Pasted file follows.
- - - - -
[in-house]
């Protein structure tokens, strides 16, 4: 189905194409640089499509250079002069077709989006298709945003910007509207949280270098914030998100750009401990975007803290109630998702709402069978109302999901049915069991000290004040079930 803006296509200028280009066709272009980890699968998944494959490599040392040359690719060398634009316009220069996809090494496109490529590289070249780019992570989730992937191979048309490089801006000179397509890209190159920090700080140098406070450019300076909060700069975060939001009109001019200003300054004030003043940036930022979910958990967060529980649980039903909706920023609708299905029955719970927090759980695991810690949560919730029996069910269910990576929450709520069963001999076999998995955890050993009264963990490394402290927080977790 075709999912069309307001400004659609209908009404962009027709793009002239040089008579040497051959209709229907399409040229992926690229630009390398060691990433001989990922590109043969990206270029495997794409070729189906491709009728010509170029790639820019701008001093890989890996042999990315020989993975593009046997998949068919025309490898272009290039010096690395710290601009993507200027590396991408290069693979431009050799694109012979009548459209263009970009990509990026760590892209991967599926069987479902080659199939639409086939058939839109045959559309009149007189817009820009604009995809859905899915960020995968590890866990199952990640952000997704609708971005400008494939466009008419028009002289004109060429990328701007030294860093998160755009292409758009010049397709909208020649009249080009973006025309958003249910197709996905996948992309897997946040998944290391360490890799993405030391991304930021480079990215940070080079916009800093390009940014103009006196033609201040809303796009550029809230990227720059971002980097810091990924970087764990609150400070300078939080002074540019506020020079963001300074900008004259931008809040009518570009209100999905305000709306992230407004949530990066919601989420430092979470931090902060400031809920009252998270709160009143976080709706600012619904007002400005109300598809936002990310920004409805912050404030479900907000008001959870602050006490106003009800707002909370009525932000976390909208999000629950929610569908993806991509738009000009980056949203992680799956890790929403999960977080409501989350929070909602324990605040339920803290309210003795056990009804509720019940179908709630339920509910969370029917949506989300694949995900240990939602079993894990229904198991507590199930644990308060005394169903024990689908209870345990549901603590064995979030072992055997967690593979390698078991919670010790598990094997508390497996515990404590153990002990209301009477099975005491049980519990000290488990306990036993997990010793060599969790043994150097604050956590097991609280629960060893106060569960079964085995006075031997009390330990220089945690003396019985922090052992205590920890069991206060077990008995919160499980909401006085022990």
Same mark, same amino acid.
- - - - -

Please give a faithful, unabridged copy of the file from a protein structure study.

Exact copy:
[in-house]
């Protein structure tokens, strides 16, 4: 189905194409640089499509250079002069077709989006298709945003910007509207949280270098914030998100750009401990975007803290109630998702709402069978109302999901049915069991000290004040079930 803006296509200028280009066709272009980890699968998944494959490599040392040359690719060398634009316009220069996809090494496109490529590289070249780019992570989730992937191979048309490089801006000179397509890209190159920090700080140098406070450019300076909060700069975060939001009109001019200003300054004030003043940036930022979910958990967060529980649980039903909706920023609708299905029955719970927090759980695991810690949560919730029996069910269910990576929450709520069963001999076999998995955890050993009264963990490394402290927080977790 075709999912069309307001400004659609209908009404962009027709793009002239040089008579040497051959209709229907399409040229992926690229630009390398060691990433001989990922590109043969990206270029495997794409070729189906491709009728010509170029790639820019701008001093890989890996042999990315020989993975593009046997998949068919025309490898272009290039010096690395710290601009993507200027590396991408290069693979431009050799694109012979009548459209263009970009990509990026760590892209991967599926069987479902080659199939639409086939058939839109045959559309009149007189817009820009604009995809859905899915960020995968590890866990199952990640952000997704609708971005400008494939466009008419028009002289004109060429990328701007030294860093998160755009292409758009010049397709909208020649009249080009973006025309958003249910197709996905996948992309897997946040998944290391360490890799993405030391991304930021480079990215940070080079916009800093390009940014103009006196033609201040809303796009550029809230990227720059971002980097810091990924970087764990609150400070300078939080002074540019506020020079963001300074900008004259931008809040009518570009209100999905305000709306992230407004949530990066919601989420430092979470931090902060400031809920009252998270709160009143976080709706600012619904007002400005109300598809936002990310920004409805912050404030479900907000008001959870602050006490106003009800707002909370009525932000976390909208999000629950929610569908993806991509738009000009980056949203992680799956890790929403999960977080409501989350929070909602324990605040339920803290309210003795056990009804509720019940179908709630339920509910969370029917949506989300694949995900240990939602079993894990229904198991507590199930644990308060005394169903024990689908209870345990549901603590064995979030072992055997967690593979390698078991919670010790598990094997508390497996515990404590153990002990209301009477099975005491049980519990000290488990306990036993997990010793060599969790043994150097604050956590097991609280629960060893106060569960079964085995006075031997009390330990220089945690003396019985922090052992205590920890069991206060077990008995919160499980909401006085022990």
Same mark, same amino acid.